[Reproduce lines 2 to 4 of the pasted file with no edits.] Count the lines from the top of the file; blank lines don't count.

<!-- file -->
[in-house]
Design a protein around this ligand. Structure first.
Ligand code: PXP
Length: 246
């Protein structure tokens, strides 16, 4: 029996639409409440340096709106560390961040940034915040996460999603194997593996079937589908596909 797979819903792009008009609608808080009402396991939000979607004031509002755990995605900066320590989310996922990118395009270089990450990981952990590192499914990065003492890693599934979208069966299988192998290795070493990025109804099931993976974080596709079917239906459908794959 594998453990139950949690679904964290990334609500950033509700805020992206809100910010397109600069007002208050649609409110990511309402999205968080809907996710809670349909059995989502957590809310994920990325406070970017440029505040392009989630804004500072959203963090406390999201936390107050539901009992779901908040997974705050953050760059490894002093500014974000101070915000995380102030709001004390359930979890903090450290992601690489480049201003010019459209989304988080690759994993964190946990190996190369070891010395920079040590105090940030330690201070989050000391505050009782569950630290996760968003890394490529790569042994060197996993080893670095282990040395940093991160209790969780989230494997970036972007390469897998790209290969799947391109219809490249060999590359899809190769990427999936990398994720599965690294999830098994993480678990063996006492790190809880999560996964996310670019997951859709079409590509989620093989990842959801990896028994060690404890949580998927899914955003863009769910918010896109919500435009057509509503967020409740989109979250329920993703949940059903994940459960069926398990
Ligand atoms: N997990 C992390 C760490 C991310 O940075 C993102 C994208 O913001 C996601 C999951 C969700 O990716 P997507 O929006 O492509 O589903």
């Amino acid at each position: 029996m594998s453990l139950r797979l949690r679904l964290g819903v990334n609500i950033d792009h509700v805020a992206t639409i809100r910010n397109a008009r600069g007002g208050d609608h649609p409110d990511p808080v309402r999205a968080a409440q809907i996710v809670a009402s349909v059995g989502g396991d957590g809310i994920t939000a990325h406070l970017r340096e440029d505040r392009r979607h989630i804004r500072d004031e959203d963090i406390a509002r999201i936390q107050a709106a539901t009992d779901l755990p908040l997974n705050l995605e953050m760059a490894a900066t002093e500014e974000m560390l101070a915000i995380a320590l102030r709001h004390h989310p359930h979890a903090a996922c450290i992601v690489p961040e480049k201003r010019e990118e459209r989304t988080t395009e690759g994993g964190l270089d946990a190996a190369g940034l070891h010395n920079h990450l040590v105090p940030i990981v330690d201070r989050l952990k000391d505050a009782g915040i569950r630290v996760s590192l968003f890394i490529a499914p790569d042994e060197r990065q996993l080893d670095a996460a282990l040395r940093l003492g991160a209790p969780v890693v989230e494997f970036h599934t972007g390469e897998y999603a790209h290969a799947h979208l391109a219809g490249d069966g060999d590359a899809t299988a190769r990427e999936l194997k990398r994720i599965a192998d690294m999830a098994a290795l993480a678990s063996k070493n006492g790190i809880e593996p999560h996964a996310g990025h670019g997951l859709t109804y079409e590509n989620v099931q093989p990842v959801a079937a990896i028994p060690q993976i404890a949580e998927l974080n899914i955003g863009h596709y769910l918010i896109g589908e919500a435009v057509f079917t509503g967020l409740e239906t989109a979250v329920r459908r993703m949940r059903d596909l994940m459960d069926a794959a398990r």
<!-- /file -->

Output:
Design a protein around this ligand. Structure first.
Ligand code: PXP
Length: 246